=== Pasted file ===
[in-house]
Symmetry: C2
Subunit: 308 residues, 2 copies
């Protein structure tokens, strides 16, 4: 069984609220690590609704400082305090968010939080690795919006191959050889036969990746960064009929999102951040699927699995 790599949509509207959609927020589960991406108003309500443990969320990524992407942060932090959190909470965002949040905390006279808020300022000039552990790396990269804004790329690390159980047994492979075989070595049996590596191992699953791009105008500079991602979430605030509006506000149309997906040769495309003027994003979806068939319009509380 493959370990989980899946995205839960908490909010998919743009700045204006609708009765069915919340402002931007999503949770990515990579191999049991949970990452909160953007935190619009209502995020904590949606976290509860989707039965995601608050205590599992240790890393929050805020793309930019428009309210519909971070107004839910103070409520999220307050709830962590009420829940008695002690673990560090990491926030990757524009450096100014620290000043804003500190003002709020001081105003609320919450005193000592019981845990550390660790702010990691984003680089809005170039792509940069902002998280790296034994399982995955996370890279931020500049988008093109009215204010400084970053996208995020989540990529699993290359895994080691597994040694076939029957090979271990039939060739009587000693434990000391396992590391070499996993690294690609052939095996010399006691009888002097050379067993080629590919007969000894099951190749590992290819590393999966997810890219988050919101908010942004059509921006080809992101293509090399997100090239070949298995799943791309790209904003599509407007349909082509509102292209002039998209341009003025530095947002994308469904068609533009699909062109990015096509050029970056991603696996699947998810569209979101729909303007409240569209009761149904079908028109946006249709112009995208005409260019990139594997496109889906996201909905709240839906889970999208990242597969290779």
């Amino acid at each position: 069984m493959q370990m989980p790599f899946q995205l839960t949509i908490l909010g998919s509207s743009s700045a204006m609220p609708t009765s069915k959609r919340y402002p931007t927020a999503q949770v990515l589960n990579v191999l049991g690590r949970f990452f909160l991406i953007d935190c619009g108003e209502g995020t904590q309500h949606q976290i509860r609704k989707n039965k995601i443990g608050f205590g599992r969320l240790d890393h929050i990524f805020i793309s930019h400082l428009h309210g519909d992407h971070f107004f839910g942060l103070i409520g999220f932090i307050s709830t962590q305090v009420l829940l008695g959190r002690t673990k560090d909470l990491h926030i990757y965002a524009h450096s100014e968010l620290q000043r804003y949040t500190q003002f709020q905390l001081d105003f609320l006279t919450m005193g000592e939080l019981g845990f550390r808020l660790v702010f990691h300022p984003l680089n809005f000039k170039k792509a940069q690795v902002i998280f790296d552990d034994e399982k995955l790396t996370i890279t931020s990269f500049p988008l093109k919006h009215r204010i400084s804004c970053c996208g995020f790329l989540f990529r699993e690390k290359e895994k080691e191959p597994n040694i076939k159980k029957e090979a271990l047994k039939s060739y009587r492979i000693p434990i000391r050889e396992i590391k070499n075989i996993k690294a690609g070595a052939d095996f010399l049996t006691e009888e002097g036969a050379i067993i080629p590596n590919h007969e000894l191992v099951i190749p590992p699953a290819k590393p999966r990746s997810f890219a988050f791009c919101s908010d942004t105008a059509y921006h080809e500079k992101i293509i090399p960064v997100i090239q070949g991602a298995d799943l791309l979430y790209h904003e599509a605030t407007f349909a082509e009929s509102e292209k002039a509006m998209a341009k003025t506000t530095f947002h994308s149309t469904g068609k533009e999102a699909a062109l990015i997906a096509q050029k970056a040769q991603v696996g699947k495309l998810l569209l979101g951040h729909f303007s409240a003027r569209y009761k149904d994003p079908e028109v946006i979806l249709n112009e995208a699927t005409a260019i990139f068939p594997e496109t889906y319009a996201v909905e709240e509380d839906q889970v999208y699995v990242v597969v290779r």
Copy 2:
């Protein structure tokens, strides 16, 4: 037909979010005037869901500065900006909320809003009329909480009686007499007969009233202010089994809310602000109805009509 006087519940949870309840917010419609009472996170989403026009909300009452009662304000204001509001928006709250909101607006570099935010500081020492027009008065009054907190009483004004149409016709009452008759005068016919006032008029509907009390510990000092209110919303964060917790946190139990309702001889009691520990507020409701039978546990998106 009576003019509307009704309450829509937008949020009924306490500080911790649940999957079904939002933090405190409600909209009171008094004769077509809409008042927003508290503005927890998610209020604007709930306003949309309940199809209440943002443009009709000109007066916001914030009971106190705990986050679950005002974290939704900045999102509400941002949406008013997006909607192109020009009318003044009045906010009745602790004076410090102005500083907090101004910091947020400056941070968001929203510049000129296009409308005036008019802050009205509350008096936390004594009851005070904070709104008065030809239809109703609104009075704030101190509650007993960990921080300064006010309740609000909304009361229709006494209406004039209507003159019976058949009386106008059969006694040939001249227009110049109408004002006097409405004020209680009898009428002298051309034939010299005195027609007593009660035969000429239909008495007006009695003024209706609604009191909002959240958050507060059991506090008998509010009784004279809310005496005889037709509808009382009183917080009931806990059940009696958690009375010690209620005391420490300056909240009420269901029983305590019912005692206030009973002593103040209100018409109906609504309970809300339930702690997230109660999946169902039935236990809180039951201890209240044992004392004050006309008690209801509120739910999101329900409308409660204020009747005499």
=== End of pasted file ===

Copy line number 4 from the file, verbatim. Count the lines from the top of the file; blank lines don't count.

């Protein structure tokens, strides 16, 4: 069984609220690590609704400082305090968010939080690795919006191959050889036969990746960064009929999102951040699927699995 790599949509509207959609927020589960991406108003309500443990969320990524992407942060932090959190909470965002949040905390006279808020300022000039552990790396990269804004790329690390159980047994492979075989070595049996590596191992699953791009105008500079991602979430605030509006506000149309997906040769495309003027994003979806068939319009509380 493959370990989980899946995205839960908490909010998919743009700045204006609708009765069915919340402002931007999503949770990515990579191999049991949970990452909160953007935190619009209502995020904590949606976290509860989707039965995601608050205590599992240790890393929050805020793309930019428009309210519909971070107004839910103070409520999220307050709830962590009420829940008695002690673990560090990491926030990757524009450096100014620290000043804003500190003002709020001081105003609320919450005193000592019981845990550390660790702010990691984003680089809005170039792509940069902002998280790296034994399982995955996370890279931020500049988008093109009215204010400084970053996208995020989540990529699993290359895994080691597994040694076939029957090979271990039939060739009587000693434990000391396992590391070499996993690294690609052939095996010399006691009888002097050379067993080629590919007969000894099951190749590992290819590393999966997810890219988050919101908010942004059509921006080809992101293509090399997100090239070949298995799943791309790209904003599509407007349909082509509102292209002039998209341009003025530095947002994308469904068609533009699909062109990015096509050029970056991603696996699947998810569209979101729909303007409240569209009761149904079908028109946006249709112009995208005409260019990139594997496109889906996201909905709240839906889970999208990242597969290779």